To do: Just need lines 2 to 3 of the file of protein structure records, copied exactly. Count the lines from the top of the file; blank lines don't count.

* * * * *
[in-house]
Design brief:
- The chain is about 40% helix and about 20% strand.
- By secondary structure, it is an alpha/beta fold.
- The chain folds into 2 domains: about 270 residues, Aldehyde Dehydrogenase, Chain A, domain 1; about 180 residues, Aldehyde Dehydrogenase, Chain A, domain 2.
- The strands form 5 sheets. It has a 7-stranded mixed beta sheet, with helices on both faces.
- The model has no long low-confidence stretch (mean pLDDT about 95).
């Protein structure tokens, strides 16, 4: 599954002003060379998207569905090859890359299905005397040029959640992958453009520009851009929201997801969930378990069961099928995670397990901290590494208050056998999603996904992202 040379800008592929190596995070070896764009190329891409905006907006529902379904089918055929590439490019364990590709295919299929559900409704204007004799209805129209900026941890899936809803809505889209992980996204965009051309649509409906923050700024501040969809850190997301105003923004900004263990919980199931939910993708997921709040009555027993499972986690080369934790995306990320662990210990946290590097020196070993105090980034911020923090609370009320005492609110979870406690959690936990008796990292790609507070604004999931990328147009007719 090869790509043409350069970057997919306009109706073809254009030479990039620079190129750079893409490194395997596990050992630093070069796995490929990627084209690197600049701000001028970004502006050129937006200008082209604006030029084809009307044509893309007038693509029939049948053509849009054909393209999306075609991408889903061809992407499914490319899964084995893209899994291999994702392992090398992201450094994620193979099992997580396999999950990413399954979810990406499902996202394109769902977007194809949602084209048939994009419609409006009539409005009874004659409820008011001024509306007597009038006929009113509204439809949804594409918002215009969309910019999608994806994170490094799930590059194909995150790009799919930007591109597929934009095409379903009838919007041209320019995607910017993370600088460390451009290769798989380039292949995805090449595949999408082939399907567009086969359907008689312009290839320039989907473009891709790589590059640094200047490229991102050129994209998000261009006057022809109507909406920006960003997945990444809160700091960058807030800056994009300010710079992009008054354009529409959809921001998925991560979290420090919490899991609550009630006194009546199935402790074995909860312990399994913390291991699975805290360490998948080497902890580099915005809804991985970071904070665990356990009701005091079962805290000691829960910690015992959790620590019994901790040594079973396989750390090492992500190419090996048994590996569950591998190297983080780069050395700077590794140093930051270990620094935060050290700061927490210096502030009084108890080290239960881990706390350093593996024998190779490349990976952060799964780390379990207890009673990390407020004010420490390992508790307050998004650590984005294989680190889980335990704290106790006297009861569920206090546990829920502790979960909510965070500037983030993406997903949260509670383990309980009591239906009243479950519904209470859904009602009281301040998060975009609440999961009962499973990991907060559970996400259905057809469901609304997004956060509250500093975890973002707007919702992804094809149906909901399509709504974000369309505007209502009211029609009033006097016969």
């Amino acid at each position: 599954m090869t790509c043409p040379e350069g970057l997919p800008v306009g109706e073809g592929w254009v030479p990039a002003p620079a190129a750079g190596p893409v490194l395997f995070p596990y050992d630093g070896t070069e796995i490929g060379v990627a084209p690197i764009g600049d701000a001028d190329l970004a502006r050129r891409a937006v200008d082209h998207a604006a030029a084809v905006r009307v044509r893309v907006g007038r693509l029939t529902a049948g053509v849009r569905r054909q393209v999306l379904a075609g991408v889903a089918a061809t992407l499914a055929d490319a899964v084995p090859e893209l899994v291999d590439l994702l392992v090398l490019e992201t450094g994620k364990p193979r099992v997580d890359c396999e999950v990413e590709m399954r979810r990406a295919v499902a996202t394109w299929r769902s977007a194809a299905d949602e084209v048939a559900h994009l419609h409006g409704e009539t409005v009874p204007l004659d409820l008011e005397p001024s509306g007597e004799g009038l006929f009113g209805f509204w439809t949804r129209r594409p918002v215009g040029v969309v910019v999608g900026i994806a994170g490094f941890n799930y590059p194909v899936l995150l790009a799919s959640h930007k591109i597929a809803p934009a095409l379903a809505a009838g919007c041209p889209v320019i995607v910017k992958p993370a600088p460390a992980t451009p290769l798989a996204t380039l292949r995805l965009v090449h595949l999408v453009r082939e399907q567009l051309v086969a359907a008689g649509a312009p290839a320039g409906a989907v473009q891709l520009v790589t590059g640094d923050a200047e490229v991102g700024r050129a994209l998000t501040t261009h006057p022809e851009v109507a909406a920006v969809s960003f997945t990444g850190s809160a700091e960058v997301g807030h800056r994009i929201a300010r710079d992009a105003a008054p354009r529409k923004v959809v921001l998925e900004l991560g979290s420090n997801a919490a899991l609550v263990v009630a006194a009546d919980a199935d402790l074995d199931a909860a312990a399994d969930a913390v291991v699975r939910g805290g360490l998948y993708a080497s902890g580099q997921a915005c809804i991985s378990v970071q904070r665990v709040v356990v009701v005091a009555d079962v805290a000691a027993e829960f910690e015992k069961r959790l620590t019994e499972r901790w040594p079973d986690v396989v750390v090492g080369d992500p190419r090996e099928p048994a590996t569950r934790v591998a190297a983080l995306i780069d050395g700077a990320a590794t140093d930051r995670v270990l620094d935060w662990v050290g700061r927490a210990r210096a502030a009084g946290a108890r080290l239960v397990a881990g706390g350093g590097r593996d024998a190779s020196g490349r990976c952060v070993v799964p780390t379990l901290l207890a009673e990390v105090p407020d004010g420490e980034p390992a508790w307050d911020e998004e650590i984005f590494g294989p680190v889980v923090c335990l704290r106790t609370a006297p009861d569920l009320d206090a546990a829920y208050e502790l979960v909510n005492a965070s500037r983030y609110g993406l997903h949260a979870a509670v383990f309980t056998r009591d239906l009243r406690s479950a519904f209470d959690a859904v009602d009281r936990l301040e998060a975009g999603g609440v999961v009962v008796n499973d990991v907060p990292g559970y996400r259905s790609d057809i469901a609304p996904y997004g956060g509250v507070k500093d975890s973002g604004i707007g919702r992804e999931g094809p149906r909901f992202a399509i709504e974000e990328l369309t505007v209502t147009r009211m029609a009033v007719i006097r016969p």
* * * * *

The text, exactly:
Design brief:
- The chain is about 40% helix and about 20% strand.